Understanding Relationship Violence: Definition, Effects & Strategies

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  • 0:01 Relationship Violence
  • 1:21 Cycles of Violence
  • 2:27 Effects
  • 3:42 Dealing with…
  • 4:56 Alternative Solutions
  • 6:03 Lesson Summary
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Lesson Transcript
Instructor: Christopher Muscato

Chris has a master's degree in history and teaches at the University of Northern Colorado.

In the United States, relationship violence remains a far-too prevalent aspect of society. In this lesson, we will discuss the patterns of violence, as well as effects and strategies for dealing with it. Then, test your understanding with a brief quiz.

Relationship Violence

We like to think of relationships in fairy-tale, Hollywood-style terms of happily ever afters. Unfortunately, that's not the experience that many people have. Relationships can become abusive in many ways, from emotional to physical, and all are damaging. Now, when we think about relationship violence, violence that occurs between people within an intimate relationship, we sometimes think this doesn't happen here; it doesn't happen anymore - that the United States is so far beyond that. But it isn't true. In the USA, one in three women will be the victims of relationship violence in their lifetimes, most of them between the ages of 18 and 24. While women are at higher risk of relationship violence, it's not like men are incapable of being victims, and one in four men will also be victims of relationship violence. These are real statistics from the United States we live in today. This is a real problem, and so understanding what victims are going through and how to communicate about it is important. We obviously hope you never have to use anything you learn here, but as with anything else, education is the first line of defense.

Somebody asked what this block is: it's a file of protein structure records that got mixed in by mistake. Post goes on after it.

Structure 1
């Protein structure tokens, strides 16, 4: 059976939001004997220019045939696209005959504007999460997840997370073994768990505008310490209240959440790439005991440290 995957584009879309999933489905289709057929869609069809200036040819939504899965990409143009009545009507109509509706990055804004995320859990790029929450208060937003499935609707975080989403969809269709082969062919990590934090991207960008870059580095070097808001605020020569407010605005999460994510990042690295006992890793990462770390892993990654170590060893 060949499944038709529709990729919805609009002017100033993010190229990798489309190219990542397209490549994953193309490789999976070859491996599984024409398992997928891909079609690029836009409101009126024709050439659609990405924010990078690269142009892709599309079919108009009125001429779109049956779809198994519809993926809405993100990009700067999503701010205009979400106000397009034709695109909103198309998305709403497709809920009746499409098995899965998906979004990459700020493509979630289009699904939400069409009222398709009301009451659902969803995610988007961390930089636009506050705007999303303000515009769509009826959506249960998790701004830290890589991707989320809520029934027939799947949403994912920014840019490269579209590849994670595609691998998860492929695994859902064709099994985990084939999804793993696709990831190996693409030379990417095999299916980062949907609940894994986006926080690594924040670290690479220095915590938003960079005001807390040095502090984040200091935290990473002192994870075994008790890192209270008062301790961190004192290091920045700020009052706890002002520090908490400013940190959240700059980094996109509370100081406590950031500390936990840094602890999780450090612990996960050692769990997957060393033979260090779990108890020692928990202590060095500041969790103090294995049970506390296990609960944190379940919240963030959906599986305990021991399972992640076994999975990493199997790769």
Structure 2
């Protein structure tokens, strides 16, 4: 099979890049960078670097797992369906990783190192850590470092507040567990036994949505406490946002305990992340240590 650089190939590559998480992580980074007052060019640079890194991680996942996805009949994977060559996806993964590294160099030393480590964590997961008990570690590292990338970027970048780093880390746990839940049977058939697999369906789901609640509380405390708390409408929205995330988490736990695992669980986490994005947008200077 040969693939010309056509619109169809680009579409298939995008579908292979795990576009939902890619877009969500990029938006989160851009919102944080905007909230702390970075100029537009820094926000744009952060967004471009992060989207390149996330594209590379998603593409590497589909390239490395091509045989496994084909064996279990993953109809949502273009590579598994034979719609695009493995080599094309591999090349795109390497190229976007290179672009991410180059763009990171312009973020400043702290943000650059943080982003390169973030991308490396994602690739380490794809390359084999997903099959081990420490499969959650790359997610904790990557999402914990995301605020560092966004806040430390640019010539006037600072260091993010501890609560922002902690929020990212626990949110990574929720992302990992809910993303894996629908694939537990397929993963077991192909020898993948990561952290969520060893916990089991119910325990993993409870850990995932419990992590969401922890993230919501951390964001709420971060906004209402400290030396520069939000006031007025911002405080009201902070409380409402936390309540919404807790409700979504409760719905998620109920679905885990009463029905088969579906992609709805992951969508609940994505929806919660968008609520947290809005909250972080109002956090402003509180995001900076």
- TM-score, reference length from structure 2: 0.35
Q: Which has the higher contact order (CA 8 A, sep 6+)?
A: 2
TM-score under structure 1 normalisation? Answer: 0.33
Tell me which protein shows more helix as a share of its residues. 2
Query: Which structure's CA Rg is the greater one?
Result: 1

Cycles of Violence

So, let's talk a bit about relationship violence. What does it look like? Where does it come from? Violence between intimate partners is often best understood in terms of cycles. Within an abusive relationship, patterns of violence tend to follow certain stages. We start with tension, the moment when tensions mount within a relationship due to one partner's need to control the other. After enough tension builds, there is an explosion, when violence is used to restore or maintain control. After that comes the contrition stage, where the abuser becomes remorseful, doting, and loving, until tension builds back up, and the cycle repeats. Studies have shown, without exception, that unless consciously broken, this cycle will only continue to escalate. It's also important to note that these cycles can be passed on from parent to child, either through direct violence or just by watching violence in the household. In fact, the majority of abusers were once victims of abuse themselves.

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